Super-spy spoof remake smartens up Hong Kong on Thursday.
Get Smart (opening in Hong Kong this Thursday) is the new movie remake of the classic TV show we reported about here. And thanks to Warner Bros. we were able to give out some free tickets to the advance screening. So what did we think of all this? In the words of Maxwell Smart himself: “Missed it by, THAT, much!”
First, the good: For those not even remotely aware that this movie is based on a 1960’s TV series and are sold on the spy-comedy elements, then by all means it was a funny, exciting and well-casted Summer flick. Steve Carell plays a CONTROL analyst, that dreams of becoming a field agent, when an attack on Control leaves them agent-less, Max is promoted to 86 status and teams up with the veteran Agent 99 (Anne Hathaway) against the evil of KAOS run by Terrence Stamp and, yes, the fat guy from Borat.
For all the site-gags, and spy-fun, it holds its own as a tribute to the TV show and making it its own. Great turns by The Rock and of course Carell’s co-star in Little Miss Sunshine, Alan Arkin who plays the Edward Platt role of The Chief, as perfect as the comedy stylings of the “cone of silence” itself.
But its a typical run of the mill comedy, which isn’t really a negative. The filmmakers pepper in all the TV show gags when they can, but wait too long to introduce the best one, especially to Hong Kong viewers: the shoe mobile phone. The plot, if you really need one, was weak but then again we’re not really going to nitpick that. If you are expecting an Austin Powers type parody of the spy movie genre, go rent Mike Meyer’s opus magnum. If you are looking for something funny to see on a date, this is it, the crowd at the advance screening cinema just loved every single bumbling goof that Carell brought to the screen. And a few of them had us laughing like crazy. Especially the sequence with Carell and the fat guy from Borat (yes I know he has a name, but everyone knows him when we saw The Fat Guy from Borat), you’ll get what we mean – pure site gag, but cheeky nonetheless, and the cherry on top is the guards reaction.
Now, for a bit of a rant, as a long time film goer, I appreciate the needs to “refresh” old concepts to appeal to new audiences – but these kind of refreshes seem to work less than they succeed. Offhand, I can only say that for every Charlie’s Angels movie (well, the first one at least) that kept the core concept and then took it into a new form of action/comedy movie as working well – there are tons of Starksy & Hutch, Dukes of Hazzard, Bewitched, etc. al.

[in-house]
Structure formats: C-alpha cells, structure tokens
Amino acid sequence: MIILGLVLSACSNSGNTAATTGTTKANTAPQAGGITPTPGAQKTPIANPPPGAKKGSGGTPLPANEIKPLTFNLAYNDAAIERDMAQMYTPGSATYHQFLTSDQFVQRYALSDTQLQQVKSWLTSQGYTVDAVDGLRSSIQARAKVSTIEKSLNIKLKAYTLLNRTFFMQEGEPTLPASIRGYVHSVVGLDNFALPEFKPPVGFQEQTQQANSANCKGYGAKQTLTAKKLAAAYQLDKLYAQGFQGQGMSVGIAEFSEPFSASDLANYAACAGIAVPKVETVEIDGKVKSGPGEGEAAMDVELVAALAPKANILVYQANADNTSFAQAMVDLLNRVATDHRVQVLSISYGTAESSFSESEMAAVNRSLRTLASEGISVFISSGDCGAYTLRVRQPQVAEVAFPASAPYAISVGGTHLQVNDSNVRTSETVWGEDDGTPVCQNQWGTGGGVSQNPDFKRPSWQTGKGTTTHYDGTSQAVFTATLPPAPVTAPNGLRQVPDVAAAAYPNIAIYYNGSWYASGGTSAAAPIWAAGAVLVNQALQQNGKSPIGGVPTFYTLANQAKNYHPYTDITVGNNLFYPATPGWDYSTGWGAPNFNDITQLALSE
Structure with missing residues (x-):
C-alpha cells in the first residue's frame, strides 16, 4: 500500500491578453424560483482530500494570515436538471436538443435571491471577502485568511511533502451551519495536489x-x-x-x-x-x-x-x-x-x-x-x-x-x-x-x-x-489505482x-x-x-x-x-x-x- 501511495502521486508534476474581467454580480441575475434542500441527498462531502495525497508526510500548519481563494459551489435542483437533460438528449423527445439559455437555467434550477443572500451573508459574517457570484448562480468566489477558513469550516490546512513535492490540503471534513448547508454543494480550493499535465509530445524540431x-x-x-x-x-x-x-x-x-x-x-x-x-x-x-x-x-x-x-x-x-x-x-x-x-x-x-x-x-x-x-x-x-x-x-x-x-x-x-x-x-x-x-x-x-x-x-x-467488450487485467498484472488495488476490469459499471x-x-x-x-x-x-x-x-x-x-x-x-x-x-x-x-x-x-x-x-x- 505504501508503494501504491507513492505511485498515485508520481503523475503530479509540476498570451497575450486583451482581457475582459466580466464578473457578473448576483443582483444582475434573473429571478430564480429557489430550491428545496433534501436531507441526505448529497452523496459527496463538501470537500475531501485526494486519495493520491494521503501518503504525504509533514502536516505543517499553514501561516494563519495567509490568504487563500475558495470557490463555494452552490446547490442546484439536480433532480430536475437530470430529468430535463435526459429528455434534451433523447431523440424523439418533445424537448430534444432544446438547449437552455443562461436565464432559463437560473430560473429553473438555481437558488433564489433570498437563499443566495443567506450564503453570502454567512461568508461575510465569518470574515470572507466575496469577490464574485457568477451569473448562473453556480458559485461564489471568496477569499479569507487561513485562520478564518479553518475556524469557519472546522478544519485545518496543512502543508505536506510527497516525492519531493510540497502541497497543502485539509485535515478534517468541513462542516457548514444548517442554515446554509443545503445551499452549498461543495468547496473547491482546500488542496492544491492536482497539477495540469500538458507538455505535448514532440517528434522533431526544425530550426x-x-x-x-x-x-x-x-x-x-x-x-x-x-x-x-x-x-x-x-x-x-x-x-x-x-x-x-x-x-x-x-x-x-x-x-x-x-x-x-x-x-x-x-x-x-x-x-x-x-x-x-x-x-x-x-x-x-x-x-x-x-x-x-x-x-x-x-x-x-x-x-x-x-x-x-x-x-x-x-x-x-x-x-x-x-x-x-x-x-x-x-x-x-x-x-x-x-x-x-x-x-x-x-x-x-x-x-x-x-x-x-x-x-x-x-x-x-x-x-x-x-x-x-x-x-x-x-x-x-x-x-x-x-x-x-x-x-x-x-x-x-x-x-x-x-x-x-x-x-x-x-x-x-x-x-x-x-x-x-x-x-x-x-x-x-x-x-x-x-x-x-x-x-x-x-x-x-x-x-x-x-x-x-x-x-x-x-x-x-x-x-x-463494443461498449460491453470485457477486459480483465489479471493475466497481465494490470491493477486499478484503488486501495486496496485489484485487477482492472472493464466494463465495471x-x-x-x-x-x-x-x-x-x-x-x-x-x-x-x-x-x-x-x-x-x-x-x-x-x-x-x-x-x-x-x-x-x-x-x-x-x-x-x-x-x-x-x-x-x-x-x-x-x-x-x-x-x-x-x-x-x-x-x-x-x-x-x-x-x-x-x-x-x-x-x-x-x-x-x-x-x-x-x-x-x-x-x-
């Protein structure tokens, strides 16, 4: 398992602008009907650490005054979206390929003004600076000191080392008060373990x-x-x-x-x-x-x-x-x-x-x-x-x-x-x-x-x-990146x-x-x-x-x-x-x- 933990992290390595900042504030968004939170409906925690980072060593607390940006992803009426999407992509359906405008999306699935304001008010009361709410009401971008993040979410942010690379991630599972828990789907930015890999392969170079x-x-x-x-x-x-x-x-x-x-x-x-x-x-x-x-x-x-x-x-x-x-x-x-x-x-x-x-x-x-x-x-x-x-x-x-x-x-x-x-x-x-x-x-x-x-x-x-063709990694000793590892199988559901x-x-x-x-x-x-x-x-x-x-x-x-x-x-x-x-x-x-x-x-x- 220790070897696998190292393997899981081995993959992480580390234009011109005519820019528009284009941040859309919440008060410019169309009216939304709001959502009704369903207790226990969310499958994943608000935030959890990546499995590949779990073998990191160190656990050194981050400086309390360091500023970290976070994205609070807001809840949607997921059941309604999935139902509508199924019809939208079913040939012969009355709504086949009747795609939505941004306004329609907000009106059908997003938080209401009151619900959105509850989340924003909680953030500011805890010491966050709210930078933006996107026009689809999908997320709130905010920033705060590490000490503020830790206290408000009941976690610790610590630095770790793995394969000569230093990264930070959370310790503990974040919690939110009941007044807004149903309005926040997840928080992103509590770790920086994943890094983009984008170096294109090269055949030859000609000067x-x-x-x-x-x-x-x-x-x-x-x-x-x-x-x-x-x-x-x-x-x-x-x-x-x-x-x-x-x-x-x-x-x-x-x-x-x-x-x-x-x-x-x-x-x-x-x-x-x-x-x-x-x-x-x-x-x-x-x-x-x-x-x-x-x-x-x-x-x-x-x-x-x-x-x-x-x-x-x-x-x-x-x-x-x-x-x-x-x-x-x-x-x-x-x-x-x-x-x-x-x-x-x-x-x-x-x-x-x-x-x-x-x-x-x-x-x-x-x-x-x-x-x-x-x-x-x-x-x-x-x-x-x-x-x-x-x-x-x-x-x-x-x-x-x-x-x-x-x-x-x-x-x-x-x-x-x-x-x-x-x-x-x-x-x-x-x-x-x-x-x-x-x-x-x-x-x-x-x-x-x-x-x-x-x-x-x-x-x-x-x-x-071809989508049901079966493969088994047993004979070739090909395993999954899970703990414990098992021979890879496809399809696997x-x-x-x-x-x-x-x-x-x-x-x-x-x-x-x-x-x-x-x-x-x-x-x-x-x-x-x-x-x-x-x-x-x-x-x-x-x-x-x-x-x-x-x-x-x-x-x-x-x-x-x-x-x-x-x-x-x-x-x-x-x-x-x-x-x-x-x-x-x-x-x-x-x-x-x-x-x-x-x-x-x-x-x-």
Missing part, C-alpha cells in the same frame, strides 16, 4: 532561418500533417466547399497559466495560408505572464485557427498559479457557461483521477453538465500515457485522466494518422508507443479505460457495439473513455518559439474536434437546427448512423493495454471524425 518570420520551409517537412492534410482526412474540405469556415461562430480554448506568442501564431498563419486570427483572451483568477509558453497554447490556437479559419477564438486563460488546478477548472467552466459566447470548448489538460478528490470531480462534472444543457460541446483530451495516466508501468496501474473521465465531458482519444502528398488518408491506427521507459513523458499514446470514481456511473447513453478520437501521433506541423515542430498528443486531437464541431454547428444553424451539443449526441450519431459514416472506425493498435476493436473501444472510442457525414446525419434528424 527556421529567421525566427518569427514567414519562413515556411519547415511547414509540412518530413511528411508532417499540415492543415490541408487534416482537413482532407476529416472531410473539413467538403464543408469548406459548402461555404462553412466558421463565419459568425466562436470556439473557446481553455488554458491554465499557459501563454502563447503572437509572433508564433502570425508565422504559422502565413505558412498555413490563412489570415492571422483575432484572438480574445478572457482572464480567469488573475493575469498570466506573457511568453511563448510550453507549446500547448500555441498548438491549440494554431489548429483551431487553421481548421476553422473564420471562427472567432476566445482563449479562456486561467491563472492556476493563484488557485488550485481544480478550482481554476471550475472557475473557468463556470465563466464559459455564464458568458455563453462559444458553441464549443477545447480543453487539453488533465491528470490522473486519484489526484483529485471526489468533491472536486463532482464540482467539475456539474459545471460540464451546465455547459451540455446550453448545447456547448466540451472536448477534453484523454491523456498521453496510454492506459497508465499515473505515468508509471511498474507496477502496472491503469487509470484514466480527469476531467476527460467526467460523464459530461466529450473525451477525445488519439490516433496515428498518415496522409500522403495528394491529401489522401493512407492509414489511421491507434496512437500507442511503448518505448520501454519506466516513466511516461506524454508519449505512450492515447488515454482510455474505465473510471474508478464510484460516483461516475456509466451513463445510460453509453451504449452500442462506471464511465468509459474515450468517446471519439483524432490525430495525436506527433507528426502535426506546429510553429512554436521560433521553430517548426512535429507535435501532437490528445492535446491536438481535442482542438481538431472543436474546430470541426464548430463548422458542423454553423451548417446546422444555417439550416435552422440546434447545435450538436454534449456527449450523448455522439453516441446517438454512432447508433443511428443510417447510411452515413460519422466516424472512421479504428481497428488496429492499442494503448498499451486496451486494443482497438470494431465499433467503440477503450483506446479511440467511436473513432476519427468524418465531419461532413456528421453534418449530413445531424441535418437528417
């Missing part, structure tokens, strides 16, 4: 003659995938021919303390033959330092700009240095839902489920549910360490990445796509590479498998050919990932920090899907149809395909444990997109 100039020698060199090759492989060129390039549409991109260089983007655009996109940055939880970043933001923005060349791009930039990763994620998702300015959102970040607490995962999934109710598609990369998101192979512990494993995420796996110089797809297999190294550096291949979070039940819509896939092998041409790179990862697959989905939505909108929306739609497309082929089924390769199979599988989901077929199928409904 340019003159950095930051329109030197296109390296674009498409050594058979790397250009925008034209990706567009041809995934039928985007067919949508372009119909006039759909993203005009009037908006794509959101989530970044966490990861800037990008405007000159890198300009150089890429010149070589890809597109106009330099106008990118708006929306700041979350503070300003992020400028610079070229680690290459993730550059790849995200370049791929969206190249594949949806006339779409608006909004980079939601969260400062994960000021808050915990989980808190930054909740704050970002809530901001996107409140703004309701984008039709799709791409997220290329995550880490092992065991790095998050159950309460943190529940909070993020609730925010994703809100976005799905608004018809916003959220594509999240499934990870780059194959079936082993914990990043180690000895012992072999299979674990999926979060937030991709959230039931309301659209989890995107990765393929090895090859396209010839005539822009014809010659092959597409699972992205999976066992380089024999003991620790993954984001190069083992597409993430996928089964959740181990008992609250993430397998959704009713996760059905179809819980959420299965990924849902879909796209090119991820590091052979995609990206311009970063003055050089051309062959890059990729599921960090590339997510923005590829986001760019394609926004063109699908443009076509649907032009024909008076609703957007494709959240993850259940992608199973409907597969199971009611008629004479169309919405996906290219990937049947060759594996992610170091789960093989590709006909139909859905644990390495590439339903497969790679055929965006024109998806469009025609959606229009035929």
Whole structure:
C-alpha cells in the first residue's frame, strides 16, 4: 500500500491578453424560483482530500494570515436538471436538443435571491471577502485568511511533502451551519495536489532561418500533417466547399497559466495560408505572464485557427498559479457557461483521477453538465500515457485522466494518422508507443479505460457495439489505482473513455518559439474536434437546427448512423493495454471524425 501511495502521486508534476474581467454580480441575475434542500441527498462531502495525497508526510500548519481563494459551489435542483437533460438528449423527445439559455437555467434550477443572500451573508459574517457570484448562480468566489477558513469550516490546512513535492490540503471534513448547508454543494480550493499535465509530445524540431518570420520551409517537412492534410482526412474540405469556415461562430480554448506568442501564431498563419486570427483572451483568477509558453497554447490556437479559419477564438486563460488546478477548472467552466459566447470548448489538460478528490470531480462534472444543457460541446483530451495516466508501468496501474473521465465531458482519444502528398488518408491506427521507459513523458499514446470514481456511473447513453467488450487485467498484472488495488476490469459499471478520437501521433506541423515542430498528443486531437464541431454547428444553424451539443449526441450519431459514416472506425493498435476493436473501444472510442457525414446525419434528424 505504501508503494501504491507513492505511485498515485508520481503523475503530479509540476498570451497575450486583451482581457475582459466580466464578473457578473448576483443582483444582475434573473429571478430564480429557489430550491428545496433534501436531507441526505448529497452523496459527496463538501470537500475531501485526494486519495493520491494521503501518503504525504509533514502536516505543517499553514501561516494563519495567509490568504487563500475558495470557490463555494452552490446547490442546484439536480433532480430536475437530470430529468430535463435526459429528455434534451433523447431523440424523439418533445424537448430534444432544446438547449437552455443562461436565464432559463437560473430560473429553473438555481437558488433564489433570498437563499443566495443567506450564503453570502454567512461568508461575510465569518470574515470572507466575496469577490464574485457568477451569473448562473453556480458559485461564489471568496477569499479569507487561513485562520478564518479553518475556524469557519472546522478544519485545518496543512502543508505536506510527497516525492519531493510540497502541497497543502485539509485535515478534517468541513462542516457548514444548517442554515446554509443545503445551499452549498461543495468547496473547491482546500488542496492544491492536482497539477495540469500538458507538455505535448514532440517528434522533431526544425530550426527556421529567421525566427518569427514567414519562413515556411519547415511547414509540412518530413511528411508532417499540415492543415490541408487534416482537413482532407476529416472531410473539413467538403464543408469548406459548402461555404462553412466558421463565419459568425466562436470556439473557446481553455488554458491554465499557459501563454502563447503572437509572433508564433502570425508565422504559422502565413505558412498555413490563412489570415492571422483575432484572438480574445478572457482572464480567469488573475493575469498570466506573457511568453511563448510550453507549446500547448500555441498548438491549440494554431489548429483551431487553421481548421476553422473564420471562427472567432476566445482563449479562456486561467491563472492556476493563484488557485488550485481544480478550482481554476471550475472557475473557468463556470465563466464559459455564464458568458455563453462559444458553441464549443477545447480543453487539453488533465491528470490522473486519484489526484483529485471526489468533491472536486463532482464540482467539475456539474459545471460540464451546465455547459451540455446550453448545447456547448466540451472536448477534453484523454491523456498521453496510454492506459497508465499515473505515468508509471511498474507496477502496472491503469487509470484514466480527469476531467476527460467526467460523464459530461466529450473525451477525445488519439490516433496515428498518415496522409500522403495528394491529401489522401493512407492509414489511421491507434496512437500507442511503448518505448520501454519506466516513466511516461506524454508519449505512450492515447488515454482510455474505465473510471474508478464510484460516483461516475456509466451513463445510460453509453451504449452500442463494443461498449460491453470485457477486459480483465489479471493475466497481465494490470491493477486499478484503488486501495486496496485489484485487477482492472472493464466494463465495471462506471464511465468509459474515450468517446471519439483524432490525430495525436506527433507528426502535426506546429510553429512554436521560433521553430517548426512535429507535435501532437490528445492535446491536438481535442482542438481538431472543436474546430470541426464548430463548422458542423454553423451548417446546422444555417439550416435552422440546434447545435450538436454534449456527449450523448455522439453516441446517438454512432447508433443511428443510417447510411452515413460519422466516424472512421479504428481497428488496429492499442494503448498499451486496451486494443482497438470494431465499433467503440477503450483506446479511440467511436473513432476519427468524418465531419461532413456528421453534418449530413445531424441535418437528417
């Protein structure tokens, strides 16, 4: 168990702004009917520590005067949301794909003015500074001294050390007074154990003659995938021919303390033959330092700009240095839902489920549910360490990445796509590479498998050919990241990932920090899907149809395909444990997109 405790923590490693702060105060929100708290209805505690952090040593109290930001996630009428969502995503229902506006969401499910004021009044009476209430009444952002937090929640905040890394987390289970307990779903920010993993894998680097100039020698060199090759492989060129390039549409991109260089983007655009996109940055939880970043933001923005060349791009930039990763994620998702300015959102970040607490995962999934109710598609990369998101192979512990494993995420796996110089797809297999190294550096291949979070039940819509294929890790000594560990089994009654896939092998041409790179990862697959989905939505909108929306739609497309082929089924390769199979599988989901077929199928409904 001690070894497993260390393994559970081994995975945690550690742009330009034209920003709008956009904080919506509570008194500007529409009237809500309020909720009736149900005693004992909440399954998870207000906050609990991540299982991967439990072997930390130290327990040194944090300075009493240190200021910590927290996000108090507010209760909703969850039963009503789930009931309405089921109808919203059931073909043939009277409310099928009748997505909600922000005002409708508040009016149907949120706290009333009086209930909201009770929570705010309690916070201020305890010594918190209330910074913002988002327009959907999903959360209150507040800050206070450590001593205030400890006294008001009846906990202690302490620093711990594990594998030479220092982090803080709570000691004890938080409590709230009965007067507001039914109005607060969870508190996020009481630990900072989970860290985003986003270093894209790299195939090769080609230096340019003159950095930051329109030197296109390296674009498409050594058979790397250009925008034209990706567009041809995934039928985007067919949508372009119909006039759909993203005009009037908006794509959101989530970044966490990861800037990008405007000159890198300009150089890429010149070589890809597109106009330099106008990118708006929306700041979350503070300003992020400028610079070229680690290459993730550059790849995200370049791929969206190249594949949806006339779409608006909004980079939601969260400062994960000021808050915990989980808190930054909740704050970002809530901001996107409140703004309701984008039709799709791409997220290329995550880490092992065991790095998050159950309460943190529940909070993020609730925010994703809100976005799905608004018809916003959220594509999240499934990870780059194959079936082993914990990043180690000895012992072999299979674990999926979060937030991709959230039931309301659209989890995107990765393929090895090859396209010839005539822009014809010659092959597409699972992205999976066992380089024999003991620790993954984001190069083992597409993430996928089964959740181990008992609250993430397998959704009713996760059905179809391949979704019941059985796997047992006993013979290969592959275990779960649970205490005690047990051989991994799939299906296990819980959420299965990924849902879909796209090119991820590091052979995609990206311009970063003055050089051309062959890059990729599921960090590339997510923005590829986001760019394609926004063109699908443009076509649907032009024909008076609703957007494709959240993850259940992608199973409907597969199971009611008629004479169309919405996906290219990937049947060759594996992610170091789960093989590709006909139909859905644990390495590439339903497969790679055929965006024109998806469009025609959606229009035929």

This film version of Get Smart is so different from the original TV show we question why they bothered calling it Get Smart. When we first meet Maxwell Smart in the TV series he is an accomplished if bungling spy. Agent 99 is more his Girl Friday than his equal (or in this movie, his superior) and the Chief can’t stand him and really doesn’t cut him much slack. OK, so maybe those are standards for the 60’s and it really is impossible to get Don Adams’ great voice and performance as Agent 86 out of our head, especially when the classic catchphrases are uttered like “Would you believe..,” “Missed it, by THAT much..,” and our personal fave “And loving it..!” – half the time I was expect Carell to utter the line “…That’s what she said!”
Well, I hate to dwell on the past, but if 90% of the audience doesn’t even recall the TV series what’s the point of doing this if its in fact a marketing ploy.
One thing I do like is that Warner Bros. Hong Kong is obviously very happy with the film and has aggressively marketed the film in Hong Kong as evidenced by the tons of bus shelter’s, MTR ads and TV spots – so go in looking for a fun, light flick and don’t dwell on Don Adams too much and you’ll have a great if forgettable time.
One of our contest readers, Adrian, sent us this email the next day as well:
The latest in a line of similarly-themed spy spoof films, Get Smart does recycle many of its jokes but its skillful and likable cast somehow manage to make it all seem fresh again. Carell is naturally the star of the film and does what he does best as the bumbling idiot, proving even to be a somewhat-competent action star in the film’s numerous and surprisingly well-executed action sequences. All in all, Get Smart is a brisk, fun 110 minutes that both fans of the original series and people just looking for a laugh will enjoy.
Learn more about Get Smart at these websites: